NWF Book Club: The Mindful Carnivore
from Wildlife PromiseIn The Mindful Carnivore–A Vegetarian’s Hunt for Sustenance Tovar Cerulli looks at his connection to nature through the lens of food. He talks about his time as a strict vegan who was searching for a way to minimize the impact on what and how he ate, connecting to the world through gardening and eating a plant based diet. The story then continues as he grows older, looking back at his childhood enjoyment of fishing, and a deeper examination of what it means to be vegan.
We follow Cerulli through his time as a devout vegan as he transitions first to returning to fishing and later turns to hunting. This is not an issue that he takes lightly but feels that his connection to nature, the world, and the food that helps him, and all of us survive is deepened by his experience with hunting.
Join in the Conversation
We all connect to the world in different ways; be it boating, fishing, hiking, gardening, or hunting. For many, including Cerulli, hunting is a way to connect with nature and the outdoors. Hunting is also a complex topic, one which deals with our moral obligations to the world around us and a respect for the creatures that we share the planet with.
The morality of hunting is not an easy one to discuss and there are many opinions on both sides of the argument. Conservation as we know it today would not be the same without the support of hunters, anglers, and many others who believe that our natural world deserves protecting. The National Wildlife Federation has a strong history of working with hunters, anglers, gardeners, bird watchers, scientists, outdoor enthusiasts, and families to help protect our wildlife and wild places for future generations.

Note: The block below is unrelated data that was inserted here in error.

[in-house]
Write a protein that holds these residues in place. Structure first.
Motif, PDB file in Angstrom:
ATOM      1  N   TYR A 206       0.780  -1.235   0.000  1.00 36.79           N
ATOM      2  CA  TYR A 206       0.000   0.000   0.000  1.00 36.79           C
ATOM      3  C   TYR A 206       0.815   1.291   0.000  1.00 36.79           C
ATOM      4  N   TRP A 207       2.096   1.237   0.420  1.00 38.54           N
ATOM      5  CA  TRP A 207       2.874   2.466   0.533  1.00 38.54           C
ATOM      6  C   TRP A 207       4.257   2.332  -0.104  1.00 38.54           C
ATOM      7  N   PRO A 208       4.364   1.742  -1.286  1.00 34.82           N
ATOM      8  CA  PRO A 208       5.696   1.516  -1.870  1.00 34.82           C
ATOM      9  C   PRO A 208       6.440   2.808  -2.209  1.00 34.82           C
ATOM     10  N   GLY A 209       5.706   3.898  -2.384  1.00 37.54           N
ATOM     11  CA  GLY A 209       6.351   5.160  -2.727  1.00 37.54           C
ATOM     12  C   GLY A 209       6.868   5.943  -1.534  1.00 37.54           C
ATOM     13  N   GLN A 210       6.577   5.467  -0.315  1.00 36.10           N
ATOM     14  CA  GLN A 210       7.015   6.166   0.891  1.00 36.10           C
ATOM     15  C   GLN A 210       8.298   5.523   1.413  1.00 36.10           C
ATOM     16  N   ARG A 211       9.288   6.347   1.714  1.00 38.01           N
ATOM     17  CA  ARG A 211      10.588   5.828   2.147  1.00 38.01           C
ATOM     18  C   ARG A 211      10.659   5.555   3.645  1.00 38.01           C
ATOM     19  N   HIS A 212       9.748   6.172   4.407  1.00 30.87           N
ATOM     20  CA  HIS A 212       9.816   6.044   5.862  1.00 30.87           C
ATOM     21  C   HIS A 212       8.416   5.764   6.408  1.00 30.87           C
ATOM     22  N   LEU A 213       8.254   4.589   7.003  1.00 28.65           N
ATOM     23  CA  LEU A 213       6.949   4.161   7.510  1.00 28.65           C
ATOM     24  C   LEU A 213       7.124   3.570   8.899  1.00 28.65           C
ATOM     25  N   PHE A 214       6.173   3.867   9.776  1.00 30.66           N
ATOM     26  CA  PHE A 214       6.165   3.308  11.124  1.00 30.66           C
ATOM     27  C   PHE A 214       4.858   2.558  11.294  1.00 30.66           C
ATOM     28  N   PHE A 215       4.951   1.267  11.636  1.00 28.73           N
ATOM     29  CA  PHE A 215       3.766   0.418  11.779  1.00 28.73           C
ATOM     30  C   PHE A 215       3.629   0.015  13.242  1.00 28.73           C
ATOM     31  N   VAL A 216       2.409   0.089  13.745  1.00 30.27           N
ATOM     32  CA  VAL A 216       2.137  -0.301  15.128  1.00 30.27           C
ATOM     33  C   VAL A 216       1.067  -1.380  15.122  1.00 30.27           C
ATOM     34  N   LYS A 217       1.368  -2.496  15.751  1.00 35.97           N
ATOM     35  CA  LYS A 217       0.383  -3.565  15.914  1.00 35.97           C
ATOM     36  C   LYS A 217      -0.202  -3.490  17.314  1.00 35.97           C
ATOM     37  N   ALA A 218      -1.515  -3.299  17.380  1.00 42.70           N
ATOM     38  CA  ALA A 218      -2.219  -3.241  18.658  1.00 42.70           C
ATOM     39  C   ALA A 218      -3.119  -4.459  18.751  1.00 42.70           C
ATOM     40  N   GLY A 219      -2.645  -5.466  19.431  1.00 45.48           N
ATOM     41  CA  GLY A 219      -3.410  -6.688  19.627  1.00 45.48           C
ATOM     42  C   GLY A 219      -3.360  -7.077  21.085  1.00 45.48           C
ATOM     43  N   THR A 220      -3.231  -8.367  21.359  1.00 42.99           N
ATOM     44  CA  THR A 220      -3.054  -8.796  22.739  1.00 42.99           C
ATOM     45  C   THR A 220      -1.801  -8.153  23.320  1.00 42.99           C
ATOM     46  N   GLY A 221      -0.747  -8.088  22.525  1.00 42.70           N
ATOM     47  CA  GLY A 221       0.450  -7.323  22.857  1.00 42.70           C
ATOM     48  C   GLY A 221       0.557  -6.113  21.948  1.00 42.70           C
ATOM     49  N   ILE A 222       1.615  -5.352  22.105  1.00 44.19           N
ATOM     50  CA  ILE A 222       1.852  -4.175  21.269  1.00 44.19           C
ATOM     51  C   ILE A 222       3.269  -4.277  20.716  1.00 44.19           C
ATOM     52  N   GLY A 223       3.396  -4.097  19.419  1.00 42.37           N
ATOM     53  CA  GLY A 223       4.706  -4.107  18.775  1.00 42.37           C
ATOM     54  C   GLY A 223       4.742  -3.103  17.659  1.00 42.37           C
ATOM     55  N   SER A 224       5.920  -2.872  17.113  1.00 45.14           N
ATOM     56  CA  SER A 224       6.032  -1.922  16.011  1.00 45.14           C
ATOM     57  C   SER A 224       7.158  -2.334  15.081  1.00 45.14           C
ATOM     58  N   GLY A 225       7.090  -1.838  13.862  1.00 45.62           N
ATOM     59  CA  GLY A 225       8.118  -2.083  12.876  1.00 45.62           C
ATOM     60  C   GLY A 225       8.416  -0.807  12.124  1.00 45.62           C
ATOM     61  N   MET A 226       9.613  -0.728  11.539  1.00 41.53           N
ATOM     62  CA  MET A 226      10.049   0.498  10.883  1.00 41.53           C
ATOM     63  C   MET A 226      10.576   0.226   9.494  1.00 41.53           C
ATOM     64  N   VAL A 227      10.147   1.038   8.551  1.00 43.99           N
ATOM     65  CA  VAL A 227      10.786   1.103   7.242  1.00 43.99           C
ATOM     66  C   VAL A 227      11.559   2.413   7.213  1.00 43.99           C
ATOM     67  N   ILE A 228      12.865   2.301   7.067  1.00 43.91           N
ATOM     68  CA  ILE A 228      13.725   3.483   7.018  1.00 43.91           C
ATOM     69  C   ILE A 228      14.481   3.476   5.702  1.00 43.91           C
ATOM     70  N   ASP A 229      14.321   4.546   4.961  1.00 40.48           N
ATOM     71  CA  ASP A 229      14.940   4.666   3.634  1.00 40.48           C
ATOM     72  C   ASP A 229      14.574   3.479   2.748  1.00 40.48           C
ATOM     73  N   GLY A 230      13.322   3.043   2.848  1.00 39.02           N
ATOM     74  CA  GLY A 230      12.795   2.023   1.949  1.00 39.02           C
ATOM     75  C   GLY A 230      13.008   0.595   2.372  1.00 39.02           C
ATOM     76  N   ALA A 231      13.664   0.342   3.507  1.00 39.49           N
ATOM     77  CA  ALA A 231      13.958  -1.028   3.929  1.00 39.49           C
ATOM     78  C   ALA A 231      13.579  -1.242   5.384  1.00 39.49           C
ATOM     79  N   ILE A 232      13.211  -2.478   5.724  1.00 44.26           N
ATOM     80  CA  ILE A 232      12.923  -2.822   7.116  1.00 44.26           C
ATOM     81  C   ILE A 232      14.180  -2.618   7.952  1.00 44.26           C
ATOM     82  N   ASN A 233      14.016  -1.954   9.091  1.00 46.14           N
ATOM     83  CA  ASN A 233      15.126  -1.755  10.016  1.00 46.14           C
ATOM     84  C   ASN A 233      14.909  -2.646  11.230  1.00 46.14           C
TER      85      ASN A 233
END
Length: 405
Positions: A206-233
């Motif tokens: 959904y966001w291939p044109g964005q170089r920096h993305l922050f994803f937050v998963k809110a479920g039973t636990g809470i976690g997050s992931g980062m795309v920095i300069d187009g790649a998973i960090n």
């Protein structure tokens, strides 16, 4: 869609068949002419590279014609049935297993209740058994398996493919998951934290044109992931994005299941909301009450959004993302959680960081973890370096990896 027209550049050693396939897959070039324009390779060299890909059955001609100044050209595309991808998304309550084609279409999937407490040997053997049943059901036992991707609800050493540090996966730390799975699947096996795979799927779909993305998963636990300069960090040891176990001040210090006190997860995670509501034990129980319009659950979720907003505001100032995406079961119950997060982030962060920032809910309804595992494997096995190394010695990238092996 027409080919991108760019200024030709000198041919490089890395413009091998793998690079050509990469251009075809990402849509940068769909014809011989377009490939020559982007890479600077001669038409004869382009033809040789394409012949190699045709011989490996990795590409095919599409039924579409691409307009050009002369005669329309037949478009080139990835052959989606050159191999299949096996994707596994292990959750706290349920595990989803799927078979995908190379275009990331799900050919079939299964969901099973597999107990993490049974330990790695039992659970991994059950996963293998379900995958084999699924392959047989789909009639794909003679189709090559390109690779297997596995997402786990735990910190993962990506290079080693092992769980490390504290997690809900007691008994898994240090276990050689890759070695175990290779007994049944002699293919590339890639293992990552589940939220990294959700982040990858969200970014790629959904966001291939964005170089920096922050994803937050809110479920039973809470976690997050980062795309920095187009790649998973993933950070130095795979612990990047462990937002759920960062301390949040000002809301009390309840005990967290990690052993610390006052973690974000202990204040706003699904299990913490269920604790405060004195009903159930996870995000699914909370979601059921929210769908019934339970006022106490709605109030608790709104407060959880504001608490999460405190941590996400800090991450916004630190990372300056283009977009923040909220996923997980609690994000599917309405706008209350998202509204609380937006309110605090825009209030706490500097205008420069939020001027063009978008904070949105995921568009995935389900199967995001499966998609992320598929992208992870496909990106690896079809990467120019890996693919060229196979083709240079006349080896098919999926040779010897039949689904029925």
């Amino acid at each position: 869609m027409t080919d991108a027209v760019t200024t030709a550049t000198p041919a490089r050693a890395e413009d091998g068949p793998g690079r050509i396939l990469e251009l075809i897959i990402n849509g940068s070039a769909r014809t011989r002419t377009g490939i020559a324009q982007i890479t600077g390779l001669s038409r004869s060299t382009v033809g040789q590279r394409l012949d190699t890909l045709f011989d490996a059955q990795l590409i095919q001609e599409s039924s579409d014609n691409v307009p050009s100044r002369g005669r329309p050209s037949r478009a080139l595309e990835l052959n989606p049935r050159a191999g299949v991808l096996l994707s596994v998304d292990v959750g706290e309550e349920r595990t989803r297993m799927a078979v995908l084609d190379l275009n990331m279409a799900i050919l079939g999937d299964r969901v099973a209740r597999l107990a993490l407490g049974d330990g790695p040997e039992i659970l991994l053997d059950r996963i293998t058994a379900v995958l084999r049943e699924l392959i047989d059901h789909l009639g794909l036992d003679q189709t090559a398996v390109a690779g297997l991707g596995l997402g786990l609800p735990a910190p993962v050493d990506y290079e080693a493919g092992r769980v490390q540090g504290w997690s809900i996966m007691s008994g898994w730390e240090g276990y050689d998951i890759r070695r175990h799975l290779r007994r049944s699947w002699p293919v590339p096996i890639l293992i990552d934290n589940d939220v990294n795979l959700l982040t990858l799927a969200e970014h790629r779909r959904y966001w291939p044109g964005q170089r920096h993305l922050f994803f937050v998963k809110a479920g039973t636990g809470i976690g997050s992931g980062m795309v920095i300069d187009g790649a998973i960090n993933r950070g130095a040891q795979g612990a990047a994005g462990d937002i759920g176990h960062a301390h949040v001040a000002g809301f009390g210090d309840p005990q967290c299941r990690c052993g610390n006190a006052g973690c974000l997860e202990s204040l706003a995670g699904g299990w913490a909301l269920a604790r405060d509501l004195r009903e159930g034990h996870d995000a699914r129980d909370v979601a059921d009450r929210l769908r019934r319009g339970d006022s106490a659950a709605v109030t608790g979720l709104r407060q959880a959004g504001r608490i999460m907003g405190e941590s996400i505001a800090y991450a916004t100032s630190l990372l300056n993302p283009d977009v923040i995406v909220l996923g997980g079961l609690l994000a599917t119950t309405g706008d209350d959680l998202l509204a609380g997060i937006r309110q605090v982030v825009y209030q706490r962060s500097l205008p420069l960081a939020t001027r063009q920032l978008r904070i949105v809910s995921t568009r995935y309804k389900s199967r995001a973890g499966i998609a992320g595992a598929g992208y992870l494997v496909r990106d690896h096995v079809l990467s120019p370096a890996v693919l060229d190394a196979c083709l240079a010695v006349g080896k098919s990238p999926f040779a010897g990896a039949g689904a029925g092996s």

The following are questions to help guide you through a conversation around some of the issues and ideas brought up in this book.
- Once Cerulli has returned to fishing he begins to talk about the acceptability of fishing over hunting. For many of us (myself included) a responsible near vegetarian diet can include fish and other seafood. On page 86 he confronts the idea that fishing is a much more accepted form of obtaining meat than hunting. That we associate ourselves with mammals but not fish, making it easier for us to take the lives of aquatic creatures than the feathered and furry creatures living on land. Do you feel that there is a difference between hunting and fishing? Do you have a greater connection to mammals and other terrestrial animals than fish?
- Some of the most famous and well respected conservationists such as Teddy Roosevelt who is responsible for so many of our nation’s parks and protected areas were also hunters. Hunters and anglers remain strong voices for conservation, fighting against issues such as Pebble Mine in Bristol Bay, AK and coal export from the Pacific Northwest. They also stand up for issues in conservation and climate issues. Starting on page 99 Cerulli talks about the history of conservation through the hunting and fishing lens. What drives you to speak up for our wildlife and wild places and what role do you feel hunting and fishing has in this?
- Our world is not always in balance. On page 169 Cerulli talks about the problems of overpopulation of deer and the impacts that this can have on the environment. Many times the lack of predators can create an over population of species such as deer and elk which can damage their habitat. Cerulli talks about the response of certain areas to allow hunting in these areas in order to help control the population. What are your thoughts on this?
In June we will be reading When Elephants Weep–The Emotional Lives of Animals by Jeffrey Moussaief Masson and Susan McCarthy. This book offers a profound look at the emotional lives of the animals that we share the planet with. From sadness to joy, jealousy, and anger animals express ranges of emotions similar to us. Discover the depth of this emotion that helps us better understand our planet and its inhabitants.
• I can’t help but feel the joy when my dog looks back at me while playing catch or feel the annoyance from the chattering squirrel in the tree as it hurls acorns at passersby. Where can you see emotions in the animals in your life?
• When we think of animal emotions should we look at them in the same way we look at our own emotions or should they be viewed in a different way?